Changazhimattam Potti & Betrayal by Thekkumkoor's General
The Potti of Changazhimattam got wind of this move. He informed the King of Thekkumkoor, who was in his palace in Kottayam, to ready his army for a battle. It was the peak of monsoon and the torrential downpour, the Potti thought, could dampen the spirits of the Venad army. The Potti then asked his men to do what he thought to be a strategic master stroke. Palakathara, (പാലകത്തറ meaning settlement of people near/around bridge; often pronounced as Paalaathra, പാലാത്ര ), a kilometer north of Vazhappally had a bridge that connected Changanacherry with Thuruthy area. This was an area where most of the inhabitants were Christians. The bridge is believed to have been much longer than it is today. It was a strong structure, though made of wood. The Potti ordered his men to destroy it, thinking Ramayyan's men would not move north in the inclement weather, crossing the torrents. Little did he know that he would pay a heavy price later.
By then, Ramayyan, the best military chief Kerala had ever seen, had won over Vaazhappaadathu Panicker (വാഴപ്പാടത്ത് പണിക്കര്‍ ), the chief of Thekkumkoor's army. He belonged to Perunnai and meekly allowed himself to be manipulated by Ramayan for the favours that Ramayaan had offered. The plans of the Potti were leaked to Ramayyan. The bridge was destroyed and the invaders reached Kottayam without any resistance, courtesy Panicker. The King of Thekkumkoor fled to Kozhikode, where the local king Smaoothiri (Zamorines of Calicut) provided refuge.
The king of Venad then showered gifts on Panicker, giving him among other things, a huge area of paddy field in Poovam, Perunnai.
Extirpation of Changazhimattam Family
But Marthanada Varma was furious when he learnt of the Potti's deeds. He ordered Ramayyan to destroy the illam and confiscate all his assets. The king was particular that the destruction of the illam and the brahmins should be such that no traces of them should exist. Some believe the order was issued on Ramayyan’s advice whose penchant for cruelty is legendary. Each and every member of the family - male or female, young or old - was killed. Fearing the king's wrath, even the locals stopped talking about the Pottis. The family faded away into oblivion. The illam is said to have had a large compound, with huge walls on all the four sides. A part of the corner of the wall (Mathil) survived for a few years and the place came to be called Mathil Moola, (മതില്‍ മൂല , today's Mathumoola മതുമൂല, and foolishly called by some as Madhumoola, മധുമൂല ). While destroying the houses of 'undesirable' families, kings of Kerala made sure that a large pond was dug up where their houses stood. This practice led to the Malayalam phrase 'Kulam koruka'(കുളം കോരുക ), meaning extermination without trace.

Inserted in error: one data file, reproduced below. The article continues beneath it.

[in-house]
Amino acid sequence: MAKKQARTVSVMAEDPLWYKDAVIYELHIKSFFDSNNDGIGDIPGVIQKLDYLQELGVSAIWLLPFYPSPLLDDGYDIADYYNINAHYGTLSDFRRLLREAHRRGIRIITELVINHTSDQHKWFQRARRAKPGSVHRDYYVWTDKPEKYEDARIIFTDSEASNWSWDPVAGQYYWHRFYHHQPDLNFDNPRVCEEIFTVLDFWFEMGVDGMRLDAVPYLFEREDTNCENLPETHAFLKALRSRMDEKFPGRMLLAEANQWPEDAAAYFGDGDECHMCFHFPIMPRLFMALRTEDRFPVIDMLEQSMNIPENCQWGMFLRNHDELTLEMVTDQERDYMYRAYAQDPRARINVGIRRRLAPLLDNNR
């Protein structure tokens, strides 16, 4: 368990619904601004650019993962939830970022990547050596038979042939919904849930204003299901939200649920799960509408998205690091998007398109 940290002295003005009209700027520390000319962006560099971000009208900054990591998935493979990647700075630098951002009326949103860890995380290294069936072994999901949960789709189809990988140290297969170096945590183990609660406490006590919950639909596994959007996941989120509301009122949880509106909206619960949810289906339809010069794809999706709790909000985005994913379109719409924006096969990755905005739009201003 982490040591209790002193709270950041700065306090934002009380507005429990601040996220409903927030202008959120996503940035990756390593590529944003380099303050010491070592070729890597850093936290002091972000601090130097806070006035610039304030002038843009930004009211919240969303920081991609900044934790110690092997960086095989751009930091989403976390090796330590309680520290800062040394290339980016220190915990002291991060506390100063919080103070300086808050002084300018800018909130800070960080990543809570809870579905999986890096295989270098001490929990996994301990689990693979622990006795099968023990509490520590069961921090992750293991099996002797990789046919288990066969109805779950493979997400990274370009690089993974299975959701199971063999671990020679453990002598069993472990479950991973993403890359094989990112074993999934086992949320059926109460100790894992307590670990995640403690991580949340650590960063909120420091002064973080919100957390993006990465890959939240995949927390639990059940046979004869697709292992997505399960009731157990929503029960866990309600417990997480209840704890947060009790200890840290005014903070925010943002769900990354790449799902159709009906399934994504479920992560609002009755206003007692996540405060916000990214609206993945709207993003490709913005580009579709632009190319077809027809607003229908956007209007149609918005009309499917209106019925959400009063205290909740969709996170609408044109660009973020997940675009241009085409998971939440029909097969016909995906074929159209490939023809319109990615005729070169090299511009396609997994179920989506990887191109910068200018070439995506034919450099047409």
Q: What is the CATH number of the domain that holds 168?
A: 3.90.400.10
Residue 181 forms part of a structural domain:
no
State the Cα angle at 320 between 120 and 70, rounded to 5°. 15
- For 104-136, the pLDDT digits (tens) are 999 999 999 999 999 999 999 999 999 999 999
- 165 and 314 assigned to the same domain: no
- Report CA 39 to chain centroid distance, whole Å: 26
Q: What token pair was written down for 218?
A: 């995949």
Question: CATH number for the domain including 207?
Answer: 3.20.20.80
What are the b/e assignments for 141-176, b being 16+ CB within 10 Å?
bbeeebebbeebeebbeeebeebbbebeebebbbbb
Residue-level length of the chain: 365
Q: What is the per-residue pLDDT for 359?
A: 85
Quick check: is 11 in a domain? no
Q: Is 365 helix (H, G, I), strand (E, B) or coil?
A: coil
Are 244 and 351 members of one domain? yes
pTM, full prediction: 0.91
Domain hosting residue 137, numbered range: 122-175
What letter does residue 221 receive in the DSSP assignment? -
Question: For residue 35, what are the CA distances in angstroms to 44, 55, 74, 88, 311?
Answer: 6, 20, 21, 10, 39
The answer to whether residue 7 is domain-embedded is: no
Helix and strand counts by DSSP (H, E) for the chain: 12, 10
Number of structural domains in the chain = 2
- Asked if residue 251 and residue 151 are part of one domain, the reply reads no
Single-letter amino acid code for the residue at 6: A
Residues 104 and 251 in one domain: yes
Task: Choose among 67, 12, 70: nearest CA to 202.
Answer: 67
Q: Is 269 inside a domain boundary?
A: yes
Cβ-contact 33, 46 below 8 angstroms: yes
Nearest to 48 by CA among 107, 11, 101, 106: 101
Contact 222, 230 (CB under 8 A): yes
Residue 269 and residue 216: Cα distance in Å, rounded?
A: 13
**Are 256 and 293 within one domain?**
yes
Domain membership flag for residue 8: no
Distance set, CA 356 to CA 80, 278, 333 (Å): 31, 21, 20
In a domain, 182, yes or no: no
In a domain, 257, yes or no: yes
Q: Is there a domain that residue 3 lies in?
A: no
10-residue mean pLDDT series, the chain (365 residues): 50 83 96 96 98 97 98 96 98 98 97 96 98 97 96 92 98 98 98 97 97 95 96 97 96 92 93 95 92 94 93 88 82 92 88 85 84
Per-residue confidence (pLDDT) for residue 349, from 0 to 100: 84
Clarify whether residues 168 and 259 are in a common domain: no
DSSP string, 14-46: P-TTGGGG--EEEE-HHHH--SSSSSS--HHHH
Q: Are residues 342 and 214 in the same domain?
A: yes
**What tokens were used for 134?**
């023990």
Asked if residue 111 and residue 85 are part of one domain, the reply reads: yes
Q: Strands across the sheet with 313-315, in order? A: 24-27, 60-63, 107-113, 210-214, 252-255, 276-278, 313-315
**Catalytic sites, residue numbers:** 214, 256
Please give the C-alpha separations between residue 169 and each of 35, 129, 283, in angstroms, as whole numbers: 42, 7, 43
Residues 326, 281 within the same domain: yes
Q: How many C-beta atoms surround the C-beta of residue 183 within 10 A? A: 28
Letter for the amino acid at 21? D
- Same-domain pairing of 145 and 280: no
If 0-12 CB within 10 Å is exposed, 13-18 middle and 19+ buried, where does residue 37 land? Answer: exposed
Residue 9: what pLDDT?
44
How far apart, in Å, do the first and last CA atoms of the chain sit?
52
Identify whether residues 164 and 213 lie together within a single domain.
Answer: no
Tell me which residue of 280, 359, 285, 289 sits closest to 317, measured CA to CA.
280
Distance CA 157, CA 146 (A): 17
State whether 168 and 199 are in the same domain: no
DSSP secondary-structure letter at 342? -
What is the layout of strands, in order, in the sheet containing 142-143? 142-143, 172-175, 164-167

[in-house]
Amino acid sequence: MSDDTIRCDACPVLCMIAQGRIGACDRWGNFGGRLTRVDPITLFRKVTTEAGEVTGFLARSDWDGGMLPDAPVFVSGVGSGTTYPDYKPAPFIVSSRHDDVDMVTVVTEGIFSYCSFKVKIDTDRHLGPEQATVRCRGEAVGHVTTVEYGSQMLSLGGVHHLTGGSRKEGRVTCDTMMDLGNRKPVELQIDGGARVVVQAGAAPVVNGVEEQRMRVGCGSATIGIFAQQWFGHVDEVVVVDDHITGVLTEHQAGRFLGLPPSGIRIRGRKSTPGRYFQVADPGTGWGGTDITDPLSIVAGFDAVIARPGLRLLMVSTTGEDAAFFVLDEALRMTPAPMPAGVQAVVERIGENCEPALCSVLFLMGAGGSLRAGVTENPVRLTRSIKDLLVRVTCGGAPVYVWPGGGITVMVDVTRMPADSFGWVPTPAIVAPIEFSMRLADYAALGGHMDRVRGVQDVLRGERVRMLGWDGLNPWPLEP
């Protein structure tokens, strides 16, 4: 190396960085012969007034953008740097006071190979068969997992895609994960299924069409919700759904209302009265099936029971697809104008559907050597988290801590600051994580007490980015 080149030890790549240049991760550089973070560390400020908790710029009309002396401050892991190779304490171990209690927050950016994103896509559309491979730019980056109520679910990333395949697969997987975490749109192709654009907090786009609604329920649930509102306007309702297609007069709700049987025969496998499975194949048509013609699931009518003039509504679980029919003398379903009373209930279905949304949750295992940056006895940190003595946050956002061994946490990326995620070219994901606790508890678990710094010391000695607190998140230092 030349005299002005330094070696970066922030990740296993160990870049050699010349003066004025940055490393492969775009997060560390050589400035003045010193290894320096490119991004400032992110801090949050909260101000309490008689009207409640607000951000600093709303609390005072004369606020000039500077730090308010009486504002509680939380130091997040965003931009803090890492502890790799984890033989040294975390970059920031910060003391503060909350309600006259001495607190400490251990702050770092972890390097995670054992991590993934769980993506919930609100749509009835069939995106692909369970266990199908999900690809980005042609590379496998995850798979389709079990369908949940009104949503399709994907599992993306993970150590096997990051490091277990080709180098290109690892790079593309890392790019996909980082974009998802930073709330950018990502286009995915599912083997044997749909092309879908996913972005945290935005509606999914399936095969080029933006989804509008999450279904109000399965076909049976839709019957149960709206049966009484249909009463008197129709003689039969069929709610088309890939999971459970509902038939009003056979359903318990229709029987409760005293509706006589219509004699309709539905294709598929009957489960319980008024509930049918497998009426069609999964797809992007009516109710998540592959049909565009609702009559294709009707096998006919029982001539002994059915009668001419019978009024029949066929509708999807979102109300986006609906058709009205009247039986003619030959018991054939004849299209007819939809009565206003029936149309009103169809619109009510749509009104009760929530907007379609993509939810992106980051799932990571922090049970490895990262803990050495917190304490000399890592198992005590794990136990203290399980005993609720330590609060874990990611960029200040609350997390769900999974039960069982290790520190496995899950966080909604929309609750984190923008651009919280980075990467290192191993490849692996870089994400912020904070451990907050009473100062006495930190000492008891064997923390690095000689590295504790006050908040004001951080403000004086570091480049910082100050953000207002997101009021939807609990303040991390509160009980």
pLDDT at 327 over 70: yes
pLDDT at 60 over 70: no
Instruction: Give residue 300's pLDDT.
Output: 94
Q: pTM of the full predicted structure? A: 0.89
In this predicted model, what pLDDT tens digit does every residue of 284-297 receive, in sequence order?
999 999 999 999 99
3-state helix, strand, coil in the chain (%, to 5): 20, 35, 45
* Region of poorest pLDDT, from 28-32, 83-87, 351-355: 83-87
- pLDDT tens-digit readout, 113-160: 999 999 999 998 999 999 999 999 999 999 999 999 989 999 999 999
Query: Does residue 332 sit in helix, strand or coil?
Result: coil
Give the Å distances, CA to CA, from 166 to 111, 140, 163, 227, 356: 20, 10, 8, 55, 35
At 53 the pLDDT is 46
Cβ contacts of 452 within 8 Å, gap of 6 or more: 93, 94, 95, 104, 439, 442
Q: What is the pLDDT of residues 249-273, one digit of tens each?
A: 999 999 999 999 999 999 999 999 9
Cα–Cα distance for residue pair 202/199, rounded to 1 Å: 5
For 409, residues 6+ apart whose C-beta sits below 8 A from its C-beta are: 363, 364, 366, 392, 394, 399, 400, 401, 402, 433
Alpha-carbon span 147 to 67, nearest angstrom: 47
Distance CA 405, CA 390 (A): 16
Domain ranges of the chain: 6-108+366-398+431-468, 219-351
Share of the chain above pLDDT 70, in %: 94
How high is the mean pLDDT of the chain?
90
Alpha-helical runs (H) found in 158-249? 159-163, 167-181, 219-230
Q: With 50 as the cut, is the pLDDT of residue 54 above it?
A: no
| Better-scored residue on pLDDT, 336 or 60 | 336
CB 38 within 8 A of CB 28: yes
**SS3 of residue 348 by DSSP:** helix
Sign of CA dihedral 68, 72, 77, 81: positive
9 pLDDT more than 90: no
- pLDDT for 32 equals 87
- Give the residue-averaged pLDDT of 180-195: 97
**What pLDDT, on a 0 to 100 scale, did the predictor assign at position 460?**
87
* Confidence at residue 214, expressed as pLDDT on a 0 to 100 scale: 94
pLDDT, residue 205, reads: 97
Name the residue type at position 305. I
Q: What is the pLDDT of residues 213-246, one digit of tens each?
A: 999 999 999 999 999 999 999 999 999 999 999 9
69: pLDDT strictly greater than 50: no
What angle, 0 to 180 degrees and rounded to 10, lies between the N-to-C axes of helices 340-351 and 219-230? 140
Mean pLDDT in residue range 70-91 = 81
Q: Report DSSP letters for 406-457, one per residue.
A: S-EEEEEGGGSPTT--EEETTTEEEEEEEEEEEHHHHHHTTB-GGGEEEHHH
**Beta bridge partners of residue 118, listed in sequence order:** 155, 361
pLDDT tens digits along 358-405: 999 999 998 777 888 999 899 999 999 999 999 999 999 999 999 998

Panicker and his descendants, inept as they were in handling their newly acquired wealth, gradually fell in to penury. A branch of the family is said to exist in Perunnai (west of Perunnai Subrahmanya temple).
Thekkumkoor Raja eventually came back three months after he fled to Kozhikode on being promised by Marthanda Varma that he would be treated honourably. He settled in Nattasserry (നട്ടാശ്ശേരി), north of Kottayam, retaining his family name Idathil for the house. Incidentally, the family name was used as a suffix to places. For e.g., Changanacherry was referred to as Changanacherry Idathil in documents. Pizhavath was Pizhavath Idathil.
The Kings of Thekkumkoor and the Vilakkili Nampoothiri of Thiruvalla always had strained relations for obvious reasons and this had permeated the minds of their subjects as well. Citizens, especially Hindus, in Thekkumkoor even avoided marital alliance with people from Thiruvalla. Till a few years ago, a phrase advocating not to marry girls (why only girls?) south of Laappalam was prevalent in Kottayam areas ('ളാപ്പാലത്തിനു തെക്കുനിന്നു പെണ്ണ് വേണ്ട' ).
Thekkumkoor Raja - Secular Outlook